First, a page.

Area Forecast Discussion
Issued by NWS Hastings, NE

Home | Current Version | Previous Version | Graphics & Text | Print | Product List | Glossary On
Versions: 1 2 3 4 5 6 7 8 9 10 11 12 13 14 15 16 17 18 19 20 21 22 23 24 25 26 27 28 29 30 31 32 33 34 35 36 37 38 39 40 41 42 43 44 45
000
FXUS63 KGID 122318
AFDGID

Area Forecast Discussion
National Weather Service Hastings NE
618 PM CDT Thu Oct 12 2017

.SHORT TERM...(This evening through Friday)
Issued at 319 PM CDT Thu Oct 12 2017

It`s been another dry day across the region, with plenty of
sunshine remaining in place. Upper level and satellite data
shows continued southwesterly flow over the Plains, with broad
high pressure extending north-northeast from the Gulf Coast region
and troughing over the western CONUS. At the surface, an area of
low pressure currently resides over the eastern half of CO, with a
trough axis extending north through western NE and central
Dakotas. The resulting winds have been southerly through the day,
weaker in speed across the west (closer to the sfc boundary),
while at times gusting near 20 MPH across the east.

Looking to the short term period today/tonight, models are in good
agreement not showing any notable change in the upper level
southwesterly flow, though that Pac NW system is pushing a bit
further east. Looking toward the north, a piece of energy is shown
by models to push east through central Canada overnight, and it`s
not out of the question that a much more subtle mid level wave
may pass the Central Plains. The surface boundary current to our
west gets pushed south as a cold front by that northern system,
with models not in too bad of agreement showing it through all but
the very southeast corner of the CWA by 12Z tomorrow.

Kept the forecast dry tonight, but there is some concern some
precipitation may affect areas near the front during the first
half of the day tomorrow. Confidence is not high, but there are
a few models that has been persistent showing light qpf "around".
Other models keep the entire short term period dry, and with there
not a lot of deeper moisture in the atmosphere, decided to leave
any mention in as sprinkles, affecting roughly east-southeast
portions of the CWA. The surface front will sag a bit further
south during the day, but its main upper level push has moved off
to the east, so at some point it should start to stall. Expecting
more in the way of cloud cover, especially across the southeastern
half of the CWA, and cooler temps, with highs in the lower/mid
60s.

.LONG TERM...(Friday night through Thursday)
Issued at 319 PM CDT Thu Oct 12 2017

Friday night through Saturday evening is the active portion of the
long term period, and there will be the potential for some
strong/marginally severe thunderstorms. Precipitation chances
through this time frame look to come in 2 different waves, the
first being late Friday night. The main surface boundary is shown
by models to start out the night south of the CWA, but pushes back
north with time, as the surface low deepens over the CO/KS border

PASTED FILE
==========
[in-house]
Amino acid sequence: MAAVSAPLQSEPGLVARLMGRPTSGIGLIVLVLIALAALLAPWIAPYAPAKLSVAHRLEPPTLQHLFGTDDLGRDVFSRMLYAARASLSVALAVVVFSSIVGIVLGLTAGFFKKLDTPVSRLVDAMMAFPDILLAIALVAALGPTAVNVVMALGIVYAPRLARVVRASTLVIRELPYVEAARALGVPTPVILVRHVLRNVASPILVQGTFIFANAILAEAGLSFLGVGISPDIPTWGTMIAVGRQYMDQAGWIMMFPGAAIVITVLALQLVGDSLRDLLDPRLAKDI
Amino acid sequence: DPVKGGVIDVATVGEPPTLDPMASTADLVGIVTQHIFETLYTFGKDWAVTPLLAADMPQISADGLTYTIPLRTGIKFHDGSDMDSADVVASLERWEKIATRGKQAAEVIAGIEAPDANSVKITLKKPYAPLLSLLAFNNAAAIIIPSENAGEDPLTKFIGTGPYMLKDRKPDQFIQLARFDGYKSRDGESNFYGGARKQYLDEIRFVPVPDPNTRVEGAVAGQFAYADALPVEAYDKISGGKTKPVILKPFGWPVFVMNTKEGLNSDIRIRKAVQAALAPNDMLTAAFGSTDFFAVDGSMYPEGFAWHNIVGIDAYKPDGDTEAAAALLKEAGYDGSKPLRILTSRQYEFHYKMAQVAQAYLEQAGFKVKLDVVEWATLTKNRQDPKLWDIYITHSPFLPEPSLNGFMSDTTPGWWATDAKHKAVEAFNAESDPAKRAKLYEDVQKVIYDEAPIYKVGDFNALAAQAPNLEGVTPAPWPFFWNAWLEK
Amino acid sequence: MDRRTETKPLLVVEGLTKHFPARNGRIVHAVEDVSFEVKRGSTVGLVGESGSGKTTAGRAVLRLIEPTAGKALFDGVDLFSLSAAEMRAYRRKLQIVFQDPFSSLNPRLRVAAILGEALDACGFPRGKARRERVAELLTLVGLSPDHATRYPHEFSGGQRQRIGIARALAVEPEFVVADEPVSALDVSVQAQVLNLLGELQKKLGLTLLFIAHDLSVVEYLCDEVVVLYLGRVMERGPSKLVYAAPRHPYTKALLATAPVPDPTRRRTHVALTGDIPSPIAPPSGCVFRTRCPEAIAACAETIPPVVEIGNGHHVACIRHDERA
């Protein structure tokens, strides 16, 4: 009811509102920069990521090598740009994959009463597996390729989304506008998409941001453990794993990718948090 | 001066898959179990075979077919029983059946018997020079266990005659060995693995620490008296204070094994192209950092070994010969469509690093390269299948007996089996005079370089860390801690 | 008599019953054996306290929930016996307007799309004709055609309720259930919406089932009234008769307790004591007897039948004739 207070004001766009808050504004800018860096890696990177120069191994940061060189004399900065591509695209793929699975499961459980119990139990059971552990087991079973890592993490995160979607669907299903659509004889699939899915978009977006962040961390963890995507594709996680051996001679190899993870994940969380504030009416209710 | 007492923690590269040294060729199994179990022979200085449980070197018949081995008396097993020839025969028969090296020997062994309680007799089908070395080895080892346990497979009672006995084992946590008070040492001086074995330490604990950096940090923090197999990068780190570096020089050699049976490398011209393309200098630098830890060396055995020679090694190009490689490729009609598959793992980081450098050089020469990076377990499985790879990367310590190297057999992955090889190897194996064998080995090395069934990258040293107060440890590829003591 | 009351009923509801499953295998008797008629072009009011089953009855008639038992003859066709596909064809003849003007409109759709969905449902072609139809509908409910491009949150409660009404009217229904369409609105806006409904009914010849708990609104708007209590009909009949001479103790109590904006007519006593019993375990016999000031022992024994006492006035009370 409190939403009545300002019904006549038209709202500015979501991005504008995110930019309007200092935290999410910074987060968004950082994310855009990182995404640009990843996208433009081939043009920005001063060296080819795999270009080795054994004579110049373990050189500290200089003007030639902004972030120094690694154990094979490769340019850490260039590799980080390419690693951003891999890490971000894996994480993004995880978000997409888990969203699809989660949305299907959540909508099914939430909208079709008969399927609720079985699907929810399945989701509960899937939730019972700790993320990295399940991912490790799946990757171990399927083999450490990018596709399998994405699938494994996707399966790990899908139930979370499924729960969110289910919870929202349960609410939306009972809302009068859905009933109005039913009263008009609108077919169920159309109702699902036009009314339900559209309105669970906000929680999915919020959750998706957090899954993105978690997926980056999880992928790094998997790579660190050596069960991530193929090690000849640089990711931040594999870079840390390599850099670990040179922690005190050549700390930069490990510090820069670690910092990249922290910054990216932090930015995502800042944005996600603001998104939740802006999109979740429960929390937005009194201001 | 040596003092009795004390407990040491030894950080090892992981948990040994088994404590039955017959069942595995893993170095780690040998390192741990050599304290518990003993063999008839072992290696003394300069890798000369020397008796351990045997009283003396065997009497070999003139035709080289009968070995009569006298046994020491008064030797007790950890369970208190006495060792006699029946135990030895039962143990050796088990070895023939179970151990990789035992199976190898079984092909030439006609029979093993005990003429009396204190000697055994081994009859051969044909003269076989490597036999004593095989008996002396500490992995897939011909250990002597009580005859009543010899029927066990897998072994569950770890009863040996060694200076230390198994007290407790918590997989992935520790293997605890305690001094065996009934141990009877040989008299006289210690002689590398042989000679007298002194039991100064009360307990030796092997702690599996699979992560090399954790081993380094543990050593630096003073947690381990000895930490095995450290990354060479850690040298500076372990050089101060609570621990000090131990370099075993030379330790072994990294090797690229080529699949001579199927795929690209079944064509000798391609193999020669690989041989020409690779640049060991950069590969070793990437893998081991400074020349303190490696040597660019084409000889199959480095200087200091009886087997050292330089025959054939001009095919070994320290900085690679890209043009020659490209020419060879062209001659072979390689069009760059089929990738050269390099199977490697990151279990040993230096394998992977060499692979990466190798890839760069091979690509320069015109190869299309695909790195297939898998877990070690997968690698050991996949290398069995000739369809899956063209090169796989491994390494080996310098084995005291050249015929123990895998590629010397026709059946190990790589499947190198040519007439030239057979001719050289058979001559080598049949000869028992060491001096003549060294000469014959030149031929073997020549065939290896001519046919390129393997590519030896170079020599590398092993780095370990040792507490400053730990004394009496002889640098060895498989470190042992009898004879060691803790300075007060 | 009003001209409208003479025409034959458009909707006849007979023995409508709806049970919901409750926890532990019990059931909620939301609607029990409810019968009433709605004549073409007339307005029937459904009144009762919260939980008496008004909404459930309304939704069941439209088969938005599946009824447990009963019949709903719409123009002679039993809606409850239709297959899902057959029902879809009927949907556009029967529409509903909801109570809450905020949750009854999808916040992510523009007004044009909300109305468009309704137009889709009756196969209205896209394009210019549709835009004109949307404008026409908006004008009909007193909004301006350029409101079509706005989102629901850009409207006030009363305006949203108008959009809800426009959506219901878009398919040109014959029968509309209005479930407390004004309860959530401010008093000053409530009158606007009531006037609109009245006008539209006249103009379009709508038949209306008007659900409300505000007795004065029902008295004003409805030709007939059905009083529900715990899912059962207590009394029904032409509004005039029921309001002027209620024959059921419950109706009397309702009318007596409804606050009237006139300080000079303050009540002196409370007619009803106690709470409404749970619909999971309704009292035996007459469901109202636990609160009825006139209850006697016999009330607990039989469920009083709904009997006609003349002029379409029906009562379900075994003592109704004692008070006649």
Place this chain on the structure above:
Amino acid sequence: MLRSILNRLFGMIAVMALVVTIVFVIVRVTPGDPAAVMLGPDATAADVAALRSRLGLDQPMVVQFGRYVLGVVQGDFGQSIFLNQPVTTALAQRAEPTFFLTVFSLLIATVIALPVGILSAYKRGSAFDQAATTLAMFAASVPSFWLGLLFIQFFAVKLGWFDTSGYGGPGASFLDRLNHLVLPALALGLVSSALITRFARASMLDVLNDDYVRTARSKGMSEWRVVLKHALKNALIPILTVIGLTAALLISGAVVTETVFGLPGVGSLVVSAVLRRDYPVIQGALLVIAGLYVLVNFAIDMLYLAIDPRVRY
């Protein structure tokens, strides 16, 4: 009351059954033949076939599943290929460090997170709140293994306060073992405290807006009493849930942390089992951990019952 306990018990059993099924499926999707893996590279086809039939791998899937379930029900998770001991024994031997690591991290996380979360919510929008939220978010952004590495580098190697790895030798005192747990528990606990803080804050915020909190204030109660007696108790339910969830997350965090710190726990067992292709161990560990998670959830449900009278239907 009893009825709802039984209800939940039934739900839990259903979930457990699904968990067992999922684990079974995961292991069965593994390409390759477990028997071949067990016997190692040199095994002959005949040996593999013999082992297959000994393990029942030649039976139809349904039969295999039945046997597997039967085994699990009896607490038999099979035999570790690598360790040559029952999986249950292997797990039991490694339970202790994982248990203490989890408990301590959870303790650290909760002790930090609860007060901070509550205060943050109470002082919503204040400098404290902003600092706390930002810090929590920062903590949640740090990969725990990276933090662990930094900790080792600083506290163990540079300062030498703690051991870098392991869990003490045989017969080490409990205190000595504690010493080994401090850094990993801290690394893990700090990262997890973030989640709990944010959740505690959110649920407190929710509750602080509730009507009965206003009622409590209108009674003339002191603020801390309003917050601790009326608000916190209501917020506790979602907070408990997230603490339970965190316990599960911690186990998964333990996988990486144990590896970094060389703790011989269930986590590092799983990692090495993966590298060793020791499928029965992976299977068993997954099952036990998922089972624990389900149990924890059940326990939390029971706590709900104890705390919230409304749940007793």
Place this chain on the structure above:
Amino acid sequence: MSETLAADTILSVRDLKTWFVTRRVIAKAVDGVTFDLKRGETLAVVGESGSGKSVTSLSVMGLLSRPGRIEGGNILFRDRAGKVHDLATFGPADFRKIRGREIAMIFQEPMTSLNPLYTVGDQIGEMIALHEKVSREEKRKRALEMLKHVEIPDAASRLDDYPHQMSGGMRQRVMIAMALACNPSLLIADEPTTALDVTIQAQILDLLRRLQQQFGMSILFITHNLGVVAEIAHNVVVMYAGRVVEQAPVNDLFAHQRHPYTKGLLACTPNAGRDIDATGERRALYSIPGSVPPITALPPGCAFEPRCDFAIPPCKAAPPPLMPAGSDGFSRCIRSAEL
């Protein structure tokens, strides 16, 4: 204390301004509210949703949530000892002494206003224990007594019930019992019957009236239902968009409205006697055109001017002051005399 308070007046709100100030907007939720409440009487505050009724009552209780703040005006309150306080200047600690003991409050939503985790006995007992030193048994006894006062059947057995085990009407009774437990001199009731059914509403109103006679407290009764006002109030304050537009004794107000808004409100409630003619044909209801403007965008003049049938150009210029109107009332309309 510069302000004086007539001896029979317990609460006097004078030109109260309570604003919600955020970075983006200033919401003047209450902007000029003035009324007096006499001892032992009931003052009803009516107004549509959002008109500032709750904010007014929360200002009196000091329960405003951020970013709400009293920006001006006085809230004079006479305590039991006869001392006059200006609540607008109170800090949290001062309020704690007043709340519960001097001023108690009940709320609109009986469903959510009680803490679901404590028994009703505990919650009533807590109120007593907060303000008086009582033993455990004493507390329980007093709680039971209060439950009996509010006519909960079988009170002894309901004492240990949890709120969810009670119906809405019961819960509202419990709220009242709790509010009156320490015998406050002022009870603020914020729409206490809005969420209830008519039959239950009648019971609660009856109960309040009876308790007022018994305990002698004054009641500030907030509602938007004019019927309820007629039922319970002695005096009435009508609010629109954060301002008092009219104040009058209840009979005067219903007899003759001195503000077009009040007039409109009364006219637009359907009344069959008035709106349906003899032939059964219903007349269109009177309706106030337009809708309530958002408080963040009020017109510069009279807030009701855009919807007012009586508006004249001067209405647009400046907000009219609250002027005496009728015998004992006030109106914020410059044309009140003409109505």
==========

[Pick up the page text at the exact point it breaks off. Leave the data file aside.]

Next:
ahead of the upper level system (the one currently out over the
Pac NW) swinging through the Rockies. Elevated thunderstorms are
expected to develop along the convergence zone of an increasing
LLJ, nosing in from the SSW. Though models vary with the amount
instability available (some closer to 500 j/kg, others closer to
1000 j/kg), all agree on there being high values of deeper layer
shear. Southeastern portions of the CWA are included in the SPC
Day 2 Marginal Risk, hail/winds would be the primary hazards.

As we get into Saturday, through lift from the LLJ will wane
during the morning hours, larger scale lift is on the increase
as the main upper level onto the Plains. Forcing along the sfc
front/upper level trough axis is where the best chances for
precipitation will lie, and are expected to be pushing east out of
the CWA with time. The current forecast has at least low PoPs
hanging around into the evening, there are some models suggesting
that the main precip is out of the CWA by the 21-00Z time frame.
If this trend holds, adjustments will be needed to the PoPs. High
temperatures for Saturday are tricky, and will be dependent on the
timing of the front/exit of precip, so confidence is not high.
Current forecast has upper 50s in the Ord area, to lower 70s in
parts of north central KS. Increased winds from superblend Sat
aftn/evening, with models showing decent pressure rises behind the
front. NW winds with sustained speeds near 20 MPH are possible
CWA-wide by evening.

Once this system pushes east out of the Plains Saturday night, the
forecast for Sunday through midweek remains dry. Flow in the wake
of this system looks to be zonal to low-amplitude northwesterly,
and while there may be an occasional wave moving through, not
expected to be enough moisture to work with. As far as
temperatures go, following highs in the upper 50s/low 60s Sunday,
a rebound back into the lower/mid 70s is forecast for Tue/Wed.

&&

.AVIATION...(For the 00Z KGRI/KEAR TAFS through 00Z Friday)
Issued at 616 PM CDT Thu Oct 12 2017

A cold front will move through the terminal areas turning winds to
the north. Winds will be fairly light and increase a little as the
front moves through. Clouds will increase some toward the end of
the period.

&&

.GID WATCHES/WARNINGS/ADVISORIES...
NE...None.
KS...None.
&&

$$

SHORT TERM...ADP
LONG TERM...ADP
AVIATION...JCB



USA.gov is the U.S. government's official web portal to all federal, state and local government web resources and services.